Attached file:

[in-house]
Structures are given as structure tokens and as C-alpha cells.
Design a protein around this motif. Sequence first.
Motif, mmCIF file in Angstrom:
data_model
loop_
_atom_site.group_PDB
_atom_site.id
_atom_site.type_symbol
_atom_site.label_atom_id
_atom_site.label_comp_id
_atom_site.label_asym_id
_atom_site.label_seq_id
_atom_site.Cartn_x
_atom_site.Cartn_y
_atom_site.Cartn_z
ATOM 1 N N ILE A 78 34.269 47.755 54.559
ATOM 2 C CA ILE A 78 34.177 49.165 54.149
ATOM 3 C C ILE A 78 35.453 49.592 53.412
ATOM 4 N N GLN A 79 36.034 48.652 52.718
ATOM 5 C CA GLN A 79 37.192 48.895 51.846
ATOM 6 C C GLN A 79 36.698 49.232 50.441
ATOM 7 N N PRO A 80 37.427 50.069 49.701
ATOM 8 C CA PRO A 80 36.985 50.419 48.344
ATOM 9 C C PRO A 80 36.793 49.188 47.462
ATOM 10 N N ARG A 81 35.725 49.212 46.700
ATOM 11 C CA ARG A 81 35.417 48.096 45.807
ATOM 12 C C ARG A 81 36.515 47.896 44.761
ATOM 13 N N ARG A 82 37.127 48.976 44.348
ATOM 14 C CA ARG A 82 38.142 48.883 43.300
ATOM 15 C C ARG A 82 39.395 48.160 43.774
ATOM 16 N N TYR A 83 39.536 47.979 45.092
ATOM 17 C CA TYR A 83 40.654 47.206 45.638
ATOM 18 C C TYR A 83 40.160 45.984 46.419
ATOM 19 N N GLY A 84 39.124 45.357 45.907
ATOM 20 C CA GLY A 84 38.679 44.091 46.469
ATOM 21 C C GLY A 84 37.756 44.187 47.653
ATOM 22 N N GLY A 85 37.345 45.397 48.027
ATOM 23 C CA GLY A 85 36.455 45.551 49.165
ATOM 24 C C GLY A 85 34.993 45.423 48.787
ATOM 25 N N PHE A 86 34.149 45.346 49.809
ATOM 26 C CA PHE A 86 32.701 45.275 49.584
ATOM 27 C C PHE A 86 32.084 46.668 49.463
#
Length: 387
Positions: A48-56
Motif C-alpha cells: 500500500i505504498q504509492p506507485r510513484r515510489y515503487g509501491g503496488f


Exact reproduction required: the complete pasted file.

[in-house]
Structures are given as structure tokens and as C-alpha cells.
Design a protein around this motif. Sequence first.
Motif, mmCIF file in Angstrom:
data_model
loop_
_atom_site.group_PDB
_atom_site.id
_atom_site.type_symbol
_atom_site.label_atom_id
_atom_site.label_comp_id
_atom_site.label_asym_id
_atom_site.label_seq_id
_atom_site.Cartn_x
_atom_site.Cartn_y
_atom_site.Cartn_z
ATOM 1 N N ILE A 78 34.269 47.755 54.559
ATOM 2 C CA ILE A 78 34.177 49.165 54.149
ATOM 3 C C ILE A 78 35.453 49.592 53.412
ATOM 4 N N GLN A 79 36.034 48.652 52.718
ATOM 5 C CA GLN A 79 37.192 48.895 51.846
ATOM 6 C C GLN A 79 36.698 49.232 50.441
ATOM 7 N N PRO A 80 37.427 50.069 49.701
ATOM 8 C CA PRO A 80 36.985 50.419 48.344
ATOM 9 C C PRO A 80 36.793 49.188 47.462
ATOM 10 N N ARG A 81 35.725 49.212 46.700
ATOM 11 C CA ARG A 81 35.417 48.096 45.807
ATOM 12 C C ARG A 81 36.515 47.896 44.761
ATOM 13 N N ARG A 82 37.127 48.976 44.348
ATOM 14 C CA ARG A 82 38.142 48.883 43.300
ATOM 15 C C ARG A 82 39.395 48.160 43.774
ATOM 16 N N TYR A 83 39.536 47.979 45.092
ATOM 17 C CA TYR A 83 40.654 47.206 45.638
ATOM 18 C C TYR A 83 40.160 45.984 46.419
ATOM 19 N N GLY A 84 39.124 45.357 45.907
ATOM 20 C CA GLY A 84 38.679 44.091 46.469
ATOM 21 C C GLY A 84 37.756 44.187 47.653
ATOM 22 N N GLY A 85 37.345 45.397 48.027
ATOM 23 C CA GLY A 85 36.455 45.551 49.165
ATOM 24 C C GLY A 85 34.993 45.423 48.787
ATOM 25 N N PHE A 86 34.149 45.346 49.809
ATOM 26 C CA PHE A 86 32.701 45.275 49.584
ATOM 27 C C PHE A 86 32.084 46.668 49.463
#
Length: 387
Positions: A48-56
Motif C-alpha cells: 500500500i505504498q504509492p506507485r510513484r515510489y515503487g509501491g503496488f